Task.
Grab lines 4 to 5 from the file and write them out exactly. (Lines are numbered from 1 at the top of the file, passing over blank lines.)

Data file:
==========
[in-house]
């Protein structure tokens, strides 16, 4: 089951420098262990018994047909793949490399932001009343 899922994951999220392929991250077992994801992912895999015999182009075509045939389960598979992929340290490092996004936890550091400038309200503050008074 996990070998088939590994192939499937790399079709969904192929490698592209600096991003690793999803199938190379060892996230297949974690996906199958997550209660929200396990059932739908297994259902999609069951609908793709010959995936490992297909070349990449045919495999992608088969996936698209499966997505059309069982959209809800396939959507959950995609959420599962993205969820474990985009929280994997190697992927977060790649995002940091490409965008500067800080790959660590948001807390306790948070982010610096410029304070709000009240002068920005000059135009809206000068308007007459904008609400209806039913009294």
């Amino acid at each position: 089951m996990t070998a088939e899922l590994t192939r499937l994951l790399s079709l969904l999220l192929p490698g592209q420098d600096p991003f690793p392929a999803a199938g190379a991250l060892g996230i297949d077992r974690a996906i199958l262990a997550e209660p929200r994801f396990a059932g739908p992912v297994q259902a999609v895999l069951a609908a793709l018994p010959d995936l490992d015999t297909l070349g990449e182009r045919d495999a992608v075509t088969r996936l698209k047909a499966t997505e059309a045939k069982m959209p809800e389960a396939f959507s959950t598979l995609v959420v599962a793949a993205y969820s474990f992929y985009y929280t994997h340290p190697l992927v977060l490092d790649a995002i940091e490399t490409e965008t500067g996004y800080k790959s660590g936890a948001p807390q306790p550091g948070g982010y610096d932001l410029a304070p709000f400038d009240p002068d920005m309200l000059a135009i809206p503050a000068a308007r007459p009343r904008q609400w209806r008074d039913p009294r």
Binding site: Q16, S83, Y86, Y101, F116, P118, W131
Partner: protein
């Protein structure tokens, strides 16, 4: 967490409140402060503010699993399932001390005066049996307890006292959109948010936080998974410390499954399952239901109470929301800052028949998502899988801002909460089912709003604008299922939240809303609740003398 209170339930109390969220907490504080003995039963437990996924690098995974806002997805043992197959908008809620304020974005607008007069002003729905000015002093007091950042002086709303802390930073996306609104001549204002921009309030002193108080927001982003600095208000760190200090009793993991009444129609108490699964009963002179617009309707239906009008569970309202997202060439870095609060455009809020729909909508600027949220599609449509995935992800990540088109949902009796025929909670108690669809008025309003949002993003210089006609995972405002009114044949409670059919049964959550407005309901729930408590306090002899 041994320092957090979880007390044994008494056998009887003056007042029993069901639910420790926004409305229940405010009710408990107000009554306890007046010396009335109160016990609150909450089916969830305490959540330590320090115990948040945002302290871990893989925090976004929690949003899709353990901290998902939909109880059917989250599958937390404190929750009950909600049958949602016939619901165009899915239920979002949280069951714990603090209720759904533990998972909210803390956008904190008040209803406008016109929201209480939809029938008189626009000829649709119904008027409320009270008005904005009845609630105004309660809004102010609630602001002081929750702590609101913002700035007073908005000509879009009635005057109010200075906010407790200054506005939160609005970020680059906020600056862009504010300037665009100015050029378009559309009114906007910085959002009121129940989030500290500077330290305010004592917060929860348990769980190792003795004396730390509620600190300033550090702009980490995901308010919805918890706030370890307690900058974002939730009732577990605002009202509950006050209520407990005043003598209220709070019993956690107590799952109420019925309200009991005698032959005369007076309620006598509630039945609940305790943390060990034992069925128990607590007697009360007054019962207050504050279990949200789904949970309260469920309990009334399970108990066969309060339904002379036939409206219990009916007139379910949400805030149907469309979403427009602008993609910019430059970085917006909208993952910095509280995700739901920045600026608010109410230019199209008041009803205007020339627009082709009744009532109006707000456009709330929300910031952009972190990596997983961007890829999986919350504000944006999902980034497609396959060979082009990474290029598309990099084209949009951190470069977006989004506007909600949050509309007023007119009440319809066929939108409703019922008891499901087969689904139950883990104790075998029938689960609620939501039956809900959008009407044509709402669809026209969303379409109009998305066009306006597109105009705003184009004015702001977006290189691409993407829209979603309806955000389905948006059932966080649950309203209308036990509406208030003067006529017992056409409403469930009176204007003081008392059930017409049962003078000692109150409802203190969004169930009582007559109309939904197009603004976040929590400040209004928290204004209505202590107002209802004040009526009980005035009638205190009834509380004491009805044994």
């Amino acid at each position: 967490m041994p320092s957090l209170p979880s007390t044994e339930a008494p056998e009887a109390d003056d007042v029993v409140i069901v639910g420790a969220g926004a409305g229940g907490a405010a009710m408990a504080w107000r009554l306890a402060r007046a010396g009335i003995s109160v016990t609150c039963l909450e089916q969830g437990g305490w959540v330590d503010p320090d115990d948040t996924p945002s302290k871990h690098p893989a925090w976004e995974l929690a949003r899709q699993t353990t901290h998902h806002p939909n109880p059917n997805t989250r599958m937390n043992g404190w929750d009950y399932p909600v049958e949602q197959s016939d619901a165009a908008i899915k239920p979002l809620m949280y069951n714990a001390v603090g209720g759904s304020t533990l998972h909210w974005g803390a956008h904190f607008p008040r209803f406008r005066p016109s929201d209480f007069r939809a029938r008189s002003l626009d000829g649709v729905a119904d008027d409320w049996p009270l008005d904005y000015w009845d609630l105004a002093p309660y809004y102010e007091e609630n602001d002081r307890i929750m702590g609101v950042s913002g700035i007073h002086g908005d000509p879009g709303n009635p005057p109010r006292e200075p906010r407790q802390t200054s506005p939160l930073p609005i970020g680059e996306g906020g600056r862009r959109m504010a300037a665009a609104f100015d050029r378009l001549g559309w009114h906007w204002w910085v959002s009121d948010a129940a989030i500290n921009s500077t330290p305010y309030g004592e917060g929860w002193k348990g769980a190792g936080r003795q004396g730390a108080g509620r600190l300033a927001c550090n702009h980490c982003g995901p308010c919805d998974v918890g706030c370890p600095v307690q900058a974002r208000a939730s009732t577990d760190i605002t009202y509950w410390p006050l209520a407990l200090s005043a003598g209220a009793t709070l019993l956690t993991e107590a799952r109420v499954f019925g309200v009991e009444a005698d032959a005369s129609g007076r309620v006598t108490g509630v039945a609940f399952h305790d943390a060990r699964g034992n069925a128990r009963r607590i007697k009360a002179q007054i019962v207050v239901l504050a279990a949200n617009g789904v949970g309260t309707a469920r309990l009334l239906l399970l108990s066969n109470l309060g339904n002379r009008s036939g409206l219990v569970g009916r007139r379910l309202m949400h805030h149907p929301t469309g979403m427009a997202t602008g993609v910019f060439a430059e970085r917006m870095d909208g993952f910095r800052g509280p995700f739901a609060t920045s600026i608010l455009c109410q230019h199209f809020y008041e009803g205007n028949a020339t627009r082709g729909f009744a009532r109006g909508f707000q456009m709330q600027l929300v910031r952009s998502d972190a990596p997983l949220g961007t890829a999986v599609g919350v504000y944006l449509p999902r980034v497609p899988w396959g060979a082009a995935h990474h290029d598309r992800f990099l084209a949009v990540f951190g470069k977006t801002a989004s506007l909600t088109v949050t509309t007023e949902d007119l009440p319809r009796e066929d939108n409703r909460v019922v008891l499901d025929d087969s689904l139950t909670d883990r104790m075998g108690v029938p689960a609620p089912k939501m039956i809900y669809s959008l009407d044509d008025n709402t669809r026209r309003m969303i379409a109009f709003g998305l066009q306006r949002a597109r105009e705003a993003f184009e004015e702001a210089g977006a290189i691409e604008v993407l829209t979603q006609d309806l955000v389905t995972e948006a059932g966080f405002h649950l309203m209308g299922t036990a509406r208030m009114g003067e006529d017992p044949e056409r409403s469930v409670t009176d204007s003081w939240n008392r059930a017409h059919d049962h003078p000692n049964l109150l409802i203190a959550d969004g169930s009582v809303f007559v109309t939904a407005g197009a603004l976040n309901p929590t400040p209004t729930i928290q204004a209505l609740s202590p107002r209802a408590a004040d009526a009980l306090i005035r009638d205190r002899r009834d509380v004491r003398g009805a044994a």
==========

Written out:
Binding site: Q16, S83, Y86, Y101, F116, P118, W131
Partner: protein